Through this questioning process, he demonstrates how thought, not observation is really the right foundation for knowledge. “When I considered that the very same thoughts (presentations) which we experience when awake may also be experienced when we are asleep, while there is at that time, not one of them true, I supposed that all the objects (presentations) that had ever entered into my mind when awake, had in them no more truth than the illusions of my dreams” (Descartes, 2001). His idea of discovering truths about the world was defined by whether he had a clear and distinct perception of them and determined that was sufficient for knowledge. To determine what constituted a clear and distinct perception, he then went on to examine what it was that formed perceptions, a mind-independent from the impressions of the body or the combination of the instinctual sensations of the body – ‘the set of limbs called the human body’ or ‘not lodged in my body like a pilot in a vessel’.

However, the idea that knowledge can be defined by a “clear and distinct perception” is foiled by its own dependence on the senses. Descartes argues his way out of this idea by indicating that in order to fool a mind, a mind must first exist. “But there is I know not what being, who is possessed at once of the highest power and the deepest cunning, who is constantly employing all his ingenuity in deceiving me. Doubtless, then, I exist, since I am deceived; and, let him deceive me as he may, he can never bring it about that I am nothing, so long as I shall be conscious that I am something” (Descartes, 1989). Regardless of the way in which it’s presented, though, there is a hole in the logic that states thought instead of the senses is the basis for truth while the evidence of correct thought is a clear and distinct sense that what is thought is correct. In his arguments regarding the nature and existence of God, Descartes goes on to say that it does not matter whether we are dreaming or not because whatever our intellect tells us is true is, in fact, true. This directly contradicts what he said earlier regarding dreams being little more than impressions that did not exist and did not necessarily represent what was true.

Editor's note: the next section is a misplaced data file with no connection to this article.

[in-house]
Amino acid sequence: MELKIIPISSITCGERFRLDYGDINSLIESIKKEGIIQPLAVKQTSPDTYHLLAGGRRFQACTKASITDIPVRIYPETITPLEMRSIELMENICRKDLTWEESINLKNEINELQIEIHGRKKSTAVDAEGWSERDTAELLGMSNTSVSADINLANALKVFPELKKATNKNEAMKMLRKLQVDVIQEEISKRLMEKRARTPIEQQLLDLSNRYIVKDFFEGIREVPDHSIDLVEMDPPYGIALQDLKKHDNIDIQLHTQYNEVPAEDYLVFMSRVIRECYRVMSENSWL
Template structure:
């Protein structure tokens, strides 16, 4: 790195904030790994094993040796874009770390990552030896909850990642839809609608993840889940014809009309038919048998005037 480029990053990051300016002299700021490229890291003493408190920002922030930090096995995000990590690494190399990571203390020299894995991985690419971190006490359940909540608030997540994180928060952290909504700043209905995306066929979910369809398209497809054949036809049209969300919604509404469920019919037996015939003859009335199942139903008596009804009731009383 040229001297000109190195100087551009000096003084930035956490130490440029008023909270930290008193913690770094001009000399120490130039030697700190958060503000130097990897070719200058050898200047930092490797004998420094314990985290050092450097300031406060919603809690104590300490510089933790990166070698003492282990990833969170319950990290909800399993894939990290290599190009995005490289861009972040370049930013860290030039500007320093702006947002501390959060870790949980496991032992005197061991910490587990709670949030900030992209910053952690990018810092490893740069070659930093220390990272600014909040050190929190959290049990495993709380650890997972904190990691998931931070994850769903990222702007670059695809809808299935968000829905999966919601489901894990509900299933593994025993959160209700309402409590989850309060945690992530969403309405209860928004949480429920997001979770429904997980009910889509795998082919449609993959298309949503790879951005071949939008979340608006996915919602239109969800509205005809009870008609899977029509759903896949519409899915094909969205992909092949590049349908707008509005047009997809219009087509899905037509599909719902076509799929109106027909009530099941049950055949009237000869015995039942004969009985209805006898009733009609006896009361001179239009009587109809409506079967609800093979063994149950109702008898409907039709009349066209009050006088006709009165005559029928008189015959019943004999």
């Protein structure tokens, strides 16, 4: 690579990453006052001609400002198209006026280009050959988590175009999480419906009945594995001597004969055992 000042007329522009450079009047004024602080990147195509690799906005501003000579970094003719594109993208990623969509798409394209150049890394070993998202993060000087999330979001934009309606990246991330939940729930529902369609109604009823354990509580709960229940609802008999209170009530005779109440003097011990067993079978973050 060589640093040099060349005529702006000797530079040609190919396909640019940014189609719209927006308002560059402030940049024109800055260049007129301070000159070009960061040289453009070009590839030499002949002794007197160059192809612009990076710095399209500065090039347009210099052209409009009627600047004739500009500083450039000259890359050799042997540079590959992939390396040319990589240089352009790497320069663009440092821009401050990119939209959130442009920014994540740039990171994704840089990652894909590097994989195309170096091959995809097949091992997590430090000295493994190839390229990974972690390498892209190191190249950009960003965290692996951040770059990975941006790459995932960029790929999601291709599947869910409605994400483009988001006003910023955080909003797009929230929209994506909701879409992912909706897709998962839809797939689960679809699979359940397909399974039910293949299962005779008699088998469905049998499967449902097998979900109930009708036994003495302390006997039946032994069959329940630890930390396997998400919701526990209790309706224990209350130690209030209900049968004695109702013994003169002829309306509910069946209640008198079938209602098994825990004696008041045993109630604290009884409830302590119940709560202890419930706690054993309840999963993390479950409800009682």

For a more modern and visual explanation of this concept, one need only turn to Hollywood’s production of “The Matrix” (1999). In this film, the main character, Neo, is under the impression that he is a computer programmer in a familiar world of corporate powerhouses and urban rat race, the average human being who bases his reality on a summation of his perceptions, the old philosophy. However, as the movie develops, it is explained that Neo’s perceptions are being controlled by a machine through super advanced virtual reality technology, none of what he knows as real is actually real, all of his sensations have been fooled all of his life, Descartes’ concept of a being ’employing all his ingenuity in deceiving me.’ At the same time, though, Neo does exist outside of this virtual reality world. This represents Descartes’ concept of the mind is free of sensations. This concept that a mind can exist independently from the sensations of a body is what leads to Descartes’ statements regarding the concept that his individuality, his soul, is something distinct and separate from the body.